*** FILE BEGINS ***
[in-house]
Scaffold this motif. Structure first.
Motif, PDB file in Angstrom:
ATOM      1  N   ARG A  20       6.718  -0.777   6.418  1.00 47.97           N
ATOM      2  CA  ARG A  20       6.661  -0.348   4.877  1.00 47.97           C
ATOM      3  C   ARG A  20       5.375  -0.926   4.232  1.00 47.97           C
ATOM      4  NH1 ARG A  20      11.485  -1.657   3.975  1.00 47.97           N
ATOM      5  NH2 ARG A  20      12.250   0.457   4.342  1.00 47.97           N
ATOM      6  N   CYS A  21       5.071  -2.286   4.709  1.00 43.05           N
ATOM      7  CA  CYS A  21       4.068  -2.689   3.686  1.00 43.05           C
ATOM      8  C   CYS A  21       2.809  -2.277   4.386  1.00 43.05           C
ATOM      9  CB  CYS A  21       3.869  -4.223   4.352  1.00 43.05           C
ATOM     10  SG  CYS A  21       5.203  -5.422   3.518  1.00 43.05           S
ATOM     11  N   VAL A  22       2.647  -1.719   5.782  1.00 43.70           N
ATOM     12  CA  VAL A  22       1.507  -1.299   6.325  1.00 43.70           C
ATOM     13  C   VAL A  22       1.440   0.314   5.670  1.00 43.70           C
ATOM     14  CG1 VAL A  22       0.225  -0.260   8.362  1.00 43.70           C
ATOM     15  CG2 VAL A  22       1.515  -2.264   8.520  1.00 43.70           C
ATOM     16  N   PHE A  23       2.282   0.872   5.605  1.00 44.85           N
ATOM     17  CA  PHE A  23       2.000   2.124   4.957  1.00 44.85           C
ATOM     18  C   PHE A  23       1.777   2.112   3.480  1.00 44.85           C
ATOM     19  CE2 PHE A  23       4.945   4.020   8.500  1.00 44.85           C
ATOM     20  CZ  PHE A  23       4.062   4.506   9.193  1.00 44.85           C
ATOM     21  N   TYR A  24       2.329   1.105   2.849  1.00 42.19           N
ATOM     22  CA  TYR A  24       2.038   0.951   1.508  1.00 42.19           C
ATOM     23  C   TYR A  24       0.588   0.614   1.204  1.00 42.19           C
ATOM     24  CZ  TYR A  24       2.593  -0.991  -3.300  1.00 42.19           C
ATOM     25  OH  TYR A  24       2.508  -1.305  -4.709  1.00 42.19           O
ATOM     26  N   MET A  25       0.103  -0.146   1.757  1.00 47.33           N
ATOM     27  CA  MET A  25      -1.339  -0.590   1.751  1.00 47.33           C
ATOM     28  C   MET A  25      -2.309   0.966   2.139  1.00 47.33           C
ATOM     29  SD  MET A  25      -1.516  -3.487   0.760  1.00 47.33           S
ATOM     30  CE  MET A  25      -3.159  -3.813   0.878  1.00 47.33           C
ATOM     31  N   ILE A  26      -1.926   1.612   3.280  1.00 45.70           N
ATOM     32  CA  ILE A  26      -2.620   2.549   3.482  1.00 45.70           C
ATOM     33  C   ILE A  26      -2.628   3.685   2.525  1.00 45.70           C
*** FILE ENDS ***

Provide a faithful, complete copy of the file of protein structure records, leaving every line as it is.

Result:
[in-house]
Scaffold this motif. Structure first.
Motif, PDB file in Angstrom:
ATOM      1  N   ARG A  20       6.718  -0.777   6.418  1.00 47.97           N
ATOM      2  CA  ARG A  20       6.661  -0.348   4.877  1.00 47.97           C
ATOM      3  C   ARG A  20       5.375  -0.926   4.232  1.00 47.97           C
ATOM      4  NH1 ARG A  20      11.485  -1.657   3.975  1.00 47.97           N
ATOM      5  NH2 ARG A  20      12.250   0.457   4.342  1.00 47.97           N
ATOM      6  N   CYS A  21       5.071  -2.286   4.709  1.00 43.05           N
ATOM      7  CA  CYS A  21       4.068  -2.689   3.686  1.00 43.05           C
ATOM      8  C   CYS A  21       2.809  -2.277   4.386  1.00 43.05           C
ATOM      9  CB  CYS A  21       3.869  -4.223   4.352  1.00 43.05           C
ATOM     10  SG  CYS A  21       5.203  -5.422   3.518  1.00 43.05           S
ATOM     11  N   VAL A  22       2.647  -1.719   5.782  1.00 43.70           N
ATOM     12  CA  VAL A  22       1.507  -1.299   6.325  1.00 43.70           C
ATOM     13  C   VAL A  22       1.440   0.314   5.670  1.00 43.70           C
ATOM     14  CG1 VAL A  22       0.225  -0.260   8.362  1.00 43.70           C
ATOM     15  CG2 VAL A  22       1.515  -2.264   8.520  1.00 43.70           C
ATOM     16  N   PHE A  23       2.282   0.872   5.605  1.00 44.85           N
ATOM     17  CA  PHE A  23       2.000   2.124   4.957  1.00 44.85           C
ATOM     18  C   PHE A  23       1.777   2.112   3.480  1.00 44.85           C
ATOM     19  CE2 PHE A  23       4.945   4.020   8.500  1.00 44.85           C
ATOM     20  CZ  PHE A  23       4.062   4.506   9.193  1.00 44.85           C
ATOM     21  N   TYR A  24       2.329   1.105   2.849  1.00 42.19           N
ATOM     22  CA  TYR A  24       2.038   0.951   1.508  1.00 42.19           C
ATOM     23  C   TYR A  24       0.588   0.614   1.204  1.00 42.19           C
ATOM     24  CZ  TYR A  24       2.593  -0.991  -3.300  1.00 42.19           C
ATOM     25  OH  TYR A  24       2.508  -1.305  -4.709  1.00 42.19           O
ATOM     26  N   MET A  25       0.103  -0.146   1.757  1.00 47.33           N
ATOM     27  CA  MET A  25      -1.339  -0.590   1.751  1.00 47.33           C
ATOM     28  C   MET A  25      -2.309   0.966   2.139  1.00 47.33           C
ATOM     29  SD  MET A  25      -1.516  -3.487   0.760  1.00 47.33           S
ATOM     30  CE  MET A  25      -3.159  -3.813   0.878  1.00 47.33           C
ATOM     31  N   ILE A  26      -1.926   1.612   3.280  1.00 45.70           N
ATOM     32  CA  ILE A  26      -2.620   2.549   3.482  1.00 45.70           C
ATOM     33  C   ILE A  26      -2.628   3.685   2.525  1.00 45.70           C